Take a bow (tie) Mister Cruise...

Mission: Impossible – Ghost Protocol is a solid action film for those wanting a bit of escape. You’ll be hard-pressed to find better action set pieces this winter, and I think it provides the type of escapist fare that should work well as counter-programming to some of the heavier-minded stuff. It’s not perfect, and it doesn’t redesign the wheel – it just drives it really fast.

8 Responses

  1. You’re not alone in loving “Mission:Impossible III.” I too feel that it’s the best entry (at least so far) and it’s highly underrated. I’m glad that J.J. Abrams is back, even if as a producer (bringing with him some of his “Alias” writers as well as his collaborating composer). I am anxious to see what Brad Bird can do with live action, as he’s one of my favorite filmmakers.

    • Glad to hear I’m not entirely alone, Jamie. And Bird does a great job with action, though I might have spent a bit more time on the script.

  2. I’m actually in the minority on this, but I think Mission Impossible 3 is fairly terrible. The whole movie was lots of running, explosions and unmemorable stunts that amounted to a whole lot of nothing. The fact that they never revealed what the MacGuffin was was a little too cute. If there was a stronger plot that tested the characters’ relationships and their ability to work together to beat Hoffman’s character, I wouldn’t have minded the lack of reveal. But it’s like if a cheesy Bond movie featured a lot of crazy stunts, action and one-liners without actually revealing the villains scheme. It’s all foreplay and no pay off.

    Brian De Palma’s Mission Impossible will always be the best one. There’s a reason why Toy Story 3 parodied the scene where Ethan Hunt is suspended on a cable only an inch above the ground. It’s because the action in that movie was very creative and memorable, 15 years later. The first movie had an interesting, complicated (if a bit convoluted) plot that was far more intelligent than most “blockbusters”. In the first movie, the IMF team acted like spies, not action heroes and made the final helicopter set piece that more thrilling because it felt suitable climactic for an otherwise subdued movie. I can enjoy a dumb action movie, but it can’t rely solely on the adrenaline of its set pieces, IMO.

    • I don’t know. I liked that the movie was candid about how we didn’t know the scheme beyond the MacGuffin. I thought it was an interesting and honest concession – “Look, this is an action espionage film, it doesn’t matter what the good and bad guys are fighting over, what matters is the action and drama that results from the conflict.” I’d certainly, to be honest, rather have that than “Generic Nuclear Madman #267” like we did here. But you’re correct, the first one is more tightly plotted, and it is in a very distinct genre as compared to the other three.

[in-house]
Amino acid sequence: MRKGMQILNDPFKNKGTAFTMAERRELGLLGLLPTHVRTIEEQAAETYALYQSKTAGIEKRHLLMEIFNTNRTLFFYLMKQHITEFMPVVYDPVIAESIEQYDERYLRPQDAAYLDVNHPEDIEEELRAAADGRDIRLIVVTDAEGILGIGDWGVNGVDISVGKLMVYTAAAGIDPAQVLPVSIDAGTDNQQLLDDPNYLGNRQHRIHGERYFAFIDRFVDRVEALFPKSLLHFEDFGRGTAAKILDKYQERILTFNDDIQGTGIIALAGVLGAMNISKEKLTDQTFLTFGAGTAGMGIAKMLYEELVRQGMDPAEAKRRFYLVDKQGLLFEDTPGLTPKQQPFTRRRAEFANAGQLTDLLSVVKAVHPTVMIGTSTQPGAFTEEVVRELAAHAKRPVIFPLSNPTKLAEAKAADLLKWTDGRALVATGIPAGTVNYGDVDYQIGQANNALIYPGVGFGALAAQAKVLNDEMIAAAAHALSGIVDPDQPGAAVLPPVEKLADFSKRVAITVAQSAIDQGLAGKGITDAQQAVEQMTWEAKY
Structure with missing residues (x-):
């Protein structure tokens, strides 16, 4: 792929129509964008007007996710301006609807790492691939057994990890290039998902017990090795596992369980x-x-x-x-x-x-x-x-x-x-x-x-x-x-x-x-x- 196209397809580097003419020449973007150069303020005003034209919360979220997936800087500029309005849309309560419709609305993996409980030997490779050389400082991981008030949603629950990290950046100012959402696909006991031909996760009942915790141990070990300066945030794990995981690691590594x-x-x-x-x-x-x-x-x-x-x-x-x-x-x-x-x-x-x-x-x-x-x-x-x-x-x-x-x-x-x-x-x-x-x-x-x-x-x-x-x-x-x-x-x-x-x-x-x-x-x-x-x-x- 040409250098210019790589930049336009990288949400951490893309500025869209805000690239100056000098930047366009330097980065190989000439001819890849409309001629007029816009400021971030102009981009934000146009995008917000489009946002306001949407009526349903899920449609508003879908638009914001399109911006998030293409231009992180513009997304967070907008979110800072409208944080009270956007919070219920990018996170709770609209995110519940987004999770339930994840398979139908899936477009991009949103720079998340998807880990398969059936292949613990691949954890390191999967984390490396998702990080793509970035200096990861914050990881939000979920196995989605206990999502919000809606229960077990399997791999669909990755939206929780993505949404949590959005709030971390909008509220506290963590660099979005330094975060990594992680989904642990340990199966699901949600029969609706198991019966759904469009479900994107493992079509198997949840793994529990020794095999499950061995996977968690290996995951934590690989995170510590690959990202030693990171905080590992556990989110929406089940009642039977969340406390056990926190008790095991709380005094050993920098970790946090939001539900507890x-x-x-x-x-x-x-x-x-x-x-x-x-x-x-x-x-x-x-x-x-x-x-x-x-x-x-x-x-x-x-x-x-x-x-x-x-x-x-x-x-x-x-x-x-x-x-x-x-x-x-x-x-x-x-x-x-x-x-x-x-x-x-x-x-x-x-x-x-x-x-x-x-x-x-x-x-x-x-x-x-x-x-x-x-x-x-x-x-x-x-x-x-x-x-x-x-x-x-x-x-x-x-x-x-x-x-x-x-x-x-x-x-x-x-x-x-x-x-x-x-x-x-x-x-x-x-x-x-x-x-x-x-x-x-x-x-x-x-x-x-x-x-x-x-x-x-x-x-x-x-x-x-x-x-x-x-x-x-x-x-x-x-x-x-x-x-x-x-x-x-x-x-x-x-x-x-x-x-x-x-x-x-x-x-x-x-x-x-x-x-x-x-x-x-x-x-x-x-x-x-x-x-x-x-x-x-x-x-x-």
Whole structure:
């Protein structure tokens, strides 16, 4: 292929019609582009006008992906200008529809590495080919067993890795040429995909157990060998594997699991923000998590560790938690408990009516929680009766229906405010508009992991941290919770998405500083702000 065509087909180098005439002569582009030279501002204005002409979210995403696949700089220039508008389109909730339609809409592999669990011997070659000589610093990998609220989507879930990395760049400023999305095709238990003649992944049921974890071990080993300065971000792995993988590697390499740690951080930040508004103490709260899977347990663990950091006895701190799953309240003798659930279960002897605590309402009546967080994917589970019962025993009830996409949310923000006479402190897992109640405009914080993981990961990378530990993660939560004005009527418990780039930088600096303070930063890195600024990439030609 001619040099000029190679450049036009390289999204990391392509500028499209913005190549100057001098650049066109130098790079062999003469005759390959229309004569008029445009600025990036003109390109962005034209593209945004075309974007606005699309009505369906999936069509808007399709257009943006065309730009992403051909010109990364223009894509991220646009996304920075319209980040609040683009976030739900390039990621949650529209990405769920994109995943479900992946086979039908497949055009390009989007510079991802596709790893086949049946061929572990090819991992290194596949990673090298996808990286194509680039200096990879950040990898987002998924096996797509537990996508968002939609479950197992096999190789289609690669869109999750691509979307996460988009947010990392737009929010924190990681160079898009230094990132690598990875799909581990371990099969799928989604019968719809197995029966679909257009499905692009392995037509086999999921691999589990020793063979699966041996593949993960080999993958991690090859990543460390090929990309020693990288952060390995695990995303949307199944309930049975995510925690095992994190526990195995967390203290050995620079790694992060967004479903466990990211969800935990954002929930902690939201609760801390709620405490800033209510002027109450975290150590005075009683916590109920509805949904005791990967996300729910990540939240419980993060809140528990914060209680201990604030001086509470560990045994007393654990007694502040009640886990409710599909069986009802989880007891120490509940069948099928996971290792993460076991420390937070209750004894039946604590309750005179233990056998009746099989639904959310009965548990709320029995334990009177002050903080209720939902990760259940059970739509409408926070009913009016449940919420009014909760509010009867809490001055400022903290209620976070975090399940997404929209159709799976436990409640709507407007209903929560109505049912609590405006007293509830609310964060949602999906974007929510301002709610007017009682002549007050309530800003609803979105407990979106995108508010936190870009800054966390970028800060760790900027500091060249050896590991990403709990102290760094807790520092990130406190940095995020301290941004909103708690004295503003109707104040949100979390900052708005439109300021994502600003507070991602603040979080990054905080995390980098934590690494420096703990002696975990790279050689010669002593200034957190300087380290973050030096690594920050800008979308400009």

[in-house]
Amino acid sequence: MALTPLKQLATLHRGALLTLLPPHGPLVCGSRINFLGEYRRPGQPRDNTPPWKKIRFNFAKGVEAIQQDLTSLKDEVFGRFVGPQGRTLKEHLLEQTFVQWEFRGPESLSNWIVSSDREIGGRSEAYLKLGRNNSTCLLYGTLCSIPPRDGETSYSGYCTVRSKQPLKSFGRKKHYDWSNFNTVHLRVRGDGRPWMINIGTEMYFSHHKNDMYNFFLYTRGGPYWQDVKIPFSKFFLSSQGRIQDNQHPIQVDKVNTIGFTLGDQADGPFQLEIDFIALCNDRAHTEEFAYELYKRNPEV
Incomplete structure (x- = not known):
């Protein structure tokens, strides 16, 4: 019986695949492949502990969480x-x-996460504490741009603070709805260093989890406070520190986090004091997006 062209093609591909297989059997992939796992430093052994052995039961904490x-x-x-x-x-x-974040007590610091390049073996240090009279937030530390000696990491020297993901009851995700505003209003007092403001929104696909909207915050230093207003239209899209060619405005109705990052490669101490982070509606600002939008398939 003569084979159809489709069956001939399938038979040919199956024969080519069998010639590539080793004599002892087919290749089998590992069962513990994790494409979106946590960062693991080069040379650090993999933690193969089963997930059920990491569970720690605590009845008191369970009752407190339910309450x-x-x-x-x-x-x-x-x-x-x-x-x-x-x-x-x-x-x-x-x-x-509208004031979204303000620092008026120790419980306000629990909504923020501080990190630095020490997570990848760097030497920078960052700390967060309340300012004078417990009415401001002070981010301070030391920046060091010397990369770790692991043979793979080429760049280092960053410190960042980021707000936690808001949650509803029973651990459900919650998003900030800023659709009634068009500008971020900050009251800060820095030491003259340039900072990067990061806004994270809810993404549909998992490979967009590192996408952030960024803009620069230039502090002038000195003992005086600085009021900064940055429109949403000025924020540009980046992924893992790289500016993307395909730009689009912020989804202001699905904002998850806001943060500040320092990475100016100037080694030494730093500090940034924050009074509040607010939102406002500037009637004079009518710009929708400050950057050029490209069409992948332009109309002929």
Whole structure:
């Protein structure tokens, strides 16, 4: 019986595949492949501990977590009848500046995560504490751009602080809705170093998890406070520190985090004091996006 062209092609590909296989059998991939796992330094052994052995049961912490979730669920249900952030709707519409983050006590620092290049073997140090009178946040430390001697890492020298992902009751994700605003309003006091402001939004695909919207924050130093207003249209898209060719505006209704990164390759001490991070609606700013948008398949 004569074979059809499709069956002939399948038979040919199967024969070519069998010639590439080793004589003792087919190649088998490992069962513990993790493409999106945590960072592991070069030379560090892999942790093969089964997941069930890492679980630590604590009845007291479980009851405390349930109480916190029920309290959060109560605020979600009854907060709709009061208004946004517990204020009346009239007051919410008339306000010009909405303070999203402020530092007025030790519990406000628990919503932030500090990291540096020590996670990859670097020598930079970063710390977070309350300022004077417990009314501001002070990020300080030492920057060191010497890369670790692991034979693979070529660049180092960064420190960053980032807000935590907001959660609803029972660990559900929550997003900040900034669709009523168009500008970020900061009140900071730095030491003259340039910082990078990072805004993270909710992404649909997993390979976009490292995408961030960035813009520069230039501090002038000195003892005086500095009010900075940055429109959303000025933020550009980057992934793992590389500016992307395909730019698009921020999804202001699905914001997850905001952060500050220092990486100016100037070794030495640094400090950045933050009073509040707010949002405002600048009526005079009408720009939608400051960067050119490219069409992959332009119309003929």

And I agree with you on the wire scene. It is, as you note, iconic. Nothing else in the series comes close, it’s just instantly recognisable. And I like the bit in the tunnel too. I like the first film, I just prefer the third. But there was just something surreal about the way that De Palma’s film was so serious and stoic while featuring impossible rubber masks. But at least we can agree that Mission: Impossible 2 was terrible! 🙂

      With regards to the third film, it’s funny but that bit where Cruise is running and blown sideways is actually the clip that plays in my head when I think “generic explosion.” I can’t explain it, but I just like the way that Abrams shot the film, even things that should have been as silly as the wind farm bit.

      • I get what you’re saying, but for me it just seems clever without being good.

        Maybe it’s just because I watched Mission Impossible growing up as a kid, but for some reason I never questioned the implausibility of the rubber masks. I guess I just assumed that technology existed. 🙂

        And MI:2 is all kinds of terrible.

  3. Although on IMDB Mission Impossible is a 6.9, and Mission Impossible III is at 6.8, so maybe I’m not too crazy. :p

  4. I’ve liked all of these titles with Woo’s “M:I-2″ being a bit of an exception. Some of the action was good but, as stated above in Darren’s review, it’s harder for a film to impress when it takes itself too seriously. As ridiculous as the action taking place on screen was, Woo almost never eased his poker face.

    De Palma could get away with being stone cold because the action in his film was the icing rather than the substance.”M:i-2” had no substance. It’s not alone, either.

    Beyond the first entry there is little plot at all to be found in the series. That’s not necessarily damning, but it means that rounded satisfaction must be created by other means.

    Comedy is clearly that avenue for “Ghost Protocol.” Benji comes into his own and Bird brings a lighthearted touch along with him. “III” was good – I might have to argue that “GP” is better.

    It can’t go without saying, however, that Abrams never replaced that which Woo disgaruded.

    As much as I’ve enjoyed the Bad Robot “Impossibles,” I feel that any amount of mystery would add considerably to the espionage/action and help to engage those of us who simply start to shut off after so much CG-enhanced action.

    I like a good action vehicle, and “Ghost Protocol” was that while also funny. I think most of us can admit that a somewhat cryptic storyline and more interesting motives add a lot to a spy picture.

    • I would not object to a bit of mystery either, to be frank. But I am content enough with what we got. I wouldn’t consider any entry to be essential or fantastic, but – as you note – all but the second have their charms.